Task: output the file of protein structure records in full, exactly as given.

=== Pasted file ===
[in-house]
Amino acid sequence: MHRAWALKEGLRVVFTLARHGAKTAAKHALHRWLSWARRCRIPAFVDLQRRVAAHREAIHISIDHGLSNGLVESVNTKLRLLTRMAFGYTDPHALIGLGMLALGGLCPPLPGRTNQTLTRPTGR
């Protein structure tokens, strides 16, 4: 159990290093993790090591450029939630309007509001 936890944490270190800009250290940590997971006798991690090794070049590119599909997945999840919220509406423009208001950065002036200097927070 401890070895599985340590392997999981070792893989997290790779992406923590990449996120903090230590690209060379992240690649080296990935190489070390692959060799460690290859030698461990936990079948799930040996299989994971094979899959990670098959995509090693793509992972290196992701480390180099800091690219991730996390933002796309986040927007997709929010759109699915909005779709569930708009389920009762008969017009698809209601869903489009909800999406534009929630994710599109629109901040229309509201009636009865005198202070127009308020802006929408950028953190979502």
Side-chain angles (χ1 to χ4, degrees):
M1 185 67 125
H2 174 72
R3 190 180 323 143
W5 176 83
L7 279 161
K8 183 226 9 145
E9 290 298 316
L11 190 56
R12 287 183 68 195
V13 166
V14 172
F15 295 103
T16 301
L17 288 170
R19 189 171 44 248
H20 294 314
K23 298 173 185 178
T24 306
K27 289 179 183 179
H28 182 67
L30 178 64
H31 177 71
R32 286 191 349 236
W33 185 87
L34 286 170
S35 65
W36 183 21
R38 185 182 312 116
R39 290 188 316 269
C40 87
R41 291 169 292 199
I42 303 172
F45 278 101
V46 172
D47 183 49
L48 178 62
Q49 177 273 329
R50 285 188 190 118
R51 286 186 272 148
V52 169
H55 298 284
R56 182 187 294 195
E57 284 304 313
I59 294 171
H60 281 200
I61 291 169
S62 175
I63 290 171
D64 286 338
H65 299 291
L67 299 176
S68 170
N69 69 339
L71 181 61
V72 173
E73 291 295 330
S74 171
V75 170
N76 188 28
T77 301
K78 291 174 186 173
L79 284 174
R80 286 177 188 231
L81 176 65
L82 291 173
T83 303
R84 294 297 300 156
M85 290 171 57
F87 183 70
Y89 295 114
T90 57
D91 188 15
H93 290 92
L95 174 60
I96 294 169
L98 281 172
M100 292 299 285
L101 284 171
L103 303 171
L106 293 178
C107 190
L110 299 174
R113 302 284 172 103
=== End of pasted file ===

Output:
[in-house]
Amino acid sequence: MHRAWALKEGLRVVFTLARHGAKTAAKHALHRWLSWARRCRIPAFVDLQRRVAAHREAIHISIDHGLSNGLVESVNTKLRLLTRMAFGYTDPHALIGLGMLALGGLCPPLPGRTNQTLTRPTGR
């Protein structure tokens, strides 16, 4: 159990290093993790090591450029939630309007509001 936890944490270190800009250290940590997971006798991690090794070049590119599909997945999840919220509406423009208001950065002036200097927070 401890070895599985340590392997999981070792893989997290790779992406923590990449996120903090230590690209060379992240690649080296990935190489070390692959060799460690290859030698461990936990079948799930040996299989994971094979899959990670098959995509090693793509992972290196992701480390180099800091690219991730996390933002796309986040927007997709929010759109699915909005779709569930708009389920009762008969017009698809209601869903489009909800999406534009929630994710599109629109901040229309509201009636009865005198202070127009308020802006929408950028953190979502």
Side-chain angles (χ1 to χ4, degrees):
M1 185 67 125
H2 174 72
R3 190 180 323 143
W5 176 83
L7 279 161
K8 183 226 9 145
E9 290 298 316
L11 190 56
R12 287 183 68 195
V13 166
V14 172
F15 295 103
T16 301
L17 288 170
R19 189 171 44 248
H20 294 314
K23 298 173 185 178
T24 306
K27 289 179 183 179
H28 182 67
L30 178 64
H31 177 71
R32 286 191 349 236
W33 185 87
L34 286 170
S35 65
W36 183 21
R38 185 182 312 116
R39 290 188 316 269
C40 87
R41 291 169 292 199
I42 303 172
F45 278 101
V46 172
D47 183 49
L48 178 62
Q49 177 273 329
R50 285 188 190 118
R51 286 186 272 148
V52 169
H55 298 284
R56 182 187 294 195
E57 284 304 313
I59 294 171
H60 281 200
I61 291 169
S62 175
I63 290 171
D64 286 338
H65 299 291
L67 299 176
S68 170
N69 69 339
L71 181 61
V72 173
E73 291 295 330
S74 171
V75 170
N76 188 28
T77 301
K78 291 174 186 173
L79 284 174
R80 286 177 188 231
L81 176 65
L82 291 173
T83 303
R84 294 297 300 156
M85 290 171 57
F87 183 70
Y89 295 114
T90 57
D91 188 15
H93 290 92
L95 174 60
I96 294 169
L98 281 172
M100 292 299 285
L101 284 171
L103 303 171
L106 293 178
C107 190
L110 299 174
R113 302 284 172 103